Why You Should Consider Shooting Anamorphic

Shooting anamorphic is more accessible than ever nowadays. Take advantage of this technique in your next film project.

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Image courtesy of Rotten Tomatoes.

 

Anamorphic isn’t new, but it wasn’t always an accessible format to shoot in. Until recently, low-budget projects would either have to fake the look or use cumbersome adapters. With the new sub-$20,000 lenses, we’re about to see true anamorphic shooting become more accessible than ever before. Why? Because it no longer takes a master to make anamorphic work on your project.

 

What is Anamorphic?


Images courtesy of Petapixel.

 

The history of anamorphic shooting is a long, rich, one. I won’t be able to do it justice here, but the squeezed-down version is that these lenses are the stranger, yet more conventionally cinematic, alternative to the more widespread spherical lenses. Spherical lenses utilize a two-axis curve to bend light in a way that’s similar to how our eyes see. Anamorphic lenses, on the other hand, include a cylindrical lens element that is only curved on its vertical axis. This creates a stretched and distorted image that needs to be de-squeezed either using a special projector (celluloid) or in post (digital).

 

The two main types of anamorphic lenses are 2x and 1.33x, which correspond to the size of the film or sensor you’re using (allowing you to use the whole sensor without cropping). 2x squeezes the image more, meaning that you’ll need a larger sensor or film size to de-squeeze it to standard widescreen format. De-squeezing a 2x lens on a 16:9 sensor will give you a super wide aspect ratio that is unsuitable for most projects, that’s why 1.33 anamorphic lenses exist. You can find out what your aspect ratio will be by reducing your film/sensor size down to a decimal (4:3 = 4/3 = 1.33 and 16:9 = 16/9 = 1.77). Then you multiply it by the type of lens you’re using. If you’re aiming for the standard 2.39:1 widescreen aspect ratio, this is the formula you would use to get it.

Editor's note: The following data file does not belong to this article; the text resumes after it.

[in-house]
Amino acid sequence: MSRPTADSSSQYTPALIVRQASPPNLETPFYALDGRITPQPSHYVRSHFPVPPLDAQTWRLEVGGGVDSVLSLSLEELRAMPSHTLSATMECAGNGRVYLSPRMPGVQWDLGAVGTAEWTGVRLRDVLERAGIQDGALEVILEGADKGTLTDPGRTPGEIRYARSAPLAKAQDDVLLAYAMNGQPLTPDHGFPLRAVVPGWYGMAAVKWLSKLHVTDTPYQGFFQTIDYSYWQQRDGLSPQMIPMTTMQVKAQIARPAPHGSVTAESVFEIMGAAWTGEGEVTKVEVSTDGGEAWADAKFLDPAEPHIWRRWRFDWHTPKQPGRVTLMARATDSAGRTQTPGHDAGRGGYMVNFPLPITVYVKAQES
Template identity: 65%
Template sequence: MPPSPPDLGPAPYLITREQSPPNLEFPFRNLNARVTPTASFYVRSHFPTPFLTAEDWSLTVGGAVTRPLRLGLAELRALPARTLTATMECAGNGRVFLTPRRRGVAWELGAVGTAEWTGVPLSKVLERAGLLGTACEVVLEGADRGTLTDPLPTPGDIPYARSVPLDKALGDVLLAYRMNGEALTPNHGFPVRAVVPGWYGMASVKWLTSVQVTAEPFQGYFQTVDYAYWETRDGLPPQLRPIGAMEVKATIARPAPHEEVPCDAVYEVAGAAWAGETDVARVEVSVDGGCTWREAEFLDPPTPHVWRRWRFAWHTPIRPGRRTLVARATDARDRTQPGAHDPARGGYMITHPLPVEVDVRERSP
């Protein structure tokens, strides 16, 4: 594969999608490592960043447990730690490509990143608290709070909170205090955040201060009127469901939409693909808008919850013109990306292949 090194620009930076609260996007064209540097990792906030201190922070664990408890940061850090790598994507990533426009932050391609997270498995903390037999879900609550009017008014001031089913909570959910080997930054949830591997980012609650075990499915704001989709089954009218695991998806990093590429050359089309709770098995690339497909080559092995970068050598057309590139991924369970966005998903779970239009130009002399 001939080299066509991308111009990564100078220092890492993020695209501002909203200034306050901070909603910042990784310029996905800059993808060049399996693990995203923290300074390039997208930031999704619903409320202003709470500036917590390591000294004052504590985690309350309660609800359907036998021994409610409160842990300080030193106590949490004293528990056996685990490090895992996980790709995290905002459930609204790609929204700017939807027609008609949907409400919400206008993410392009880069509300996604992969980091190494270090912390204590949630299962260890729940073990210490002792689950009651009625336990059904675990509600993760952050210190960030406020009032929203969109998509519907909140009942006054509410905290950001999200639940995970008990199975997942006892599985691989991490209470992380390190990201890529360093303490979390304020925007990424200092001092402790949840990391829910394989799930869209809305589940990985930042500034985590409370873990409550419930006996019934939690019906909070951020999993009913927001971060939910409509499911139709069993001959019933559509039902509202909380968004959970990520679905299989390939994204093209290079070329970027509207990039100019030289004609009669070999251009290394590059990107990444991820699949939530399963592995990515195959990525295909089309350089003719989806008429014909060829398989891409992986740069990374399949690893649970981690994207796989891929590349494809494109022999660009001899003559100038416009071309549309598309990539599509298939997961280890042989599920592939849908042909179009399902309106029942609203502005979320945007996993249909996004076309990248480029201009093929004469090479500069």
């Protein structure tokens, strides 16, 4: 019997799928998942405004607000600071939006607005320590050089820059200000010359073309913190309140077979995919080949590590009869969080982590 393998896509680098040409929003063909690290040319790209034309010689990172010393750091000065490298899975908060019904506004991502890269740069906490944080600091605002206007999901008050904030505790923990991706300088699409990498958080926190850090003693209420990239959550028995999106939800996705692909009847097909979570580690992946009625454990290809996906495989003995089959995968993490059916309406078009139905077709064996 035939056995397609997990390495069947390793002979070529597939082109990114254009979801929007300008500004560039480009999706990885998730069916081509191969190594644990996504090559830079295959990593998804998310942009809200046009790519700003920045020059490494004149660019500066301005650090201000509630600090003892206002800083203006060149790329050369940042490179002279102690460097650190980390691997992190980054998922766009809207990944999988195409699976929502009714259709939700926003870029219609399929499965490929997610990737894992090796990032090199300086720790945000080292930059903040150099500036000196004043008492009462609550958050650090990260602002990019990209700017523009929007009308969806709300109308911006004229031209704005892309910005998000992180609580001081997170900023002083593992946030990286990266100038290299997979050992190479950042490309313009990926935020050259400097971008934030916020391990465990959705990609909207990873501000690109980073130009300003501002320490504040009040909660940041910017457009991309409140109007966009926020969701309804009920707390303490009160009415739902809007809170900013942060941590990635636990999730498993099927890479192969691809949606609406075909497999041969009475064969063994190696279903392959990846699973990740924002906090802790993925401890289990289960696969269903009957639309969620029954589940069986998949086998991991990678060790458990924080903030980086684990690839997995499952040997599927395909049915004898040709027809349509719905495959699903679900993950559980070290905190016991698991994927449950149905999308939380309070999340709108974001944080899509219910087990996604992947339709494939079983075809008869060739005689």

1.33 x 2 = 2.66

 

1.77 x 1.33  = 2.3541

 

While these aren’t dead-on hits, they’re close and that’s what matters. Just because the aspect ratio is the same, though, doesn’t make the image the same. 2x squeezes the image more, making the characteristics we associate with anamorphic even more pronounced. Light flares in a wider horizontal direction, the bokeh is more ovular, and the image appears more dimensional (which creates a particularly lovely effect on faces). It’s very different from the way our eyes see, which is why anamorphic is considered more “cinematic.”

 

Anamorphic lenses typically distance the audience from the film’s subject and heighten reality in a very subtle way. When used well, they pull us deeper into the worlds of Wes Anderson, add scope and light-flaring tension to Star Trek movies, create a painterly claustrophobia in Blade Runner, and much more. Due to financial restrictions and technical difficulties, anamorphics used to be exclusive to high profile projects.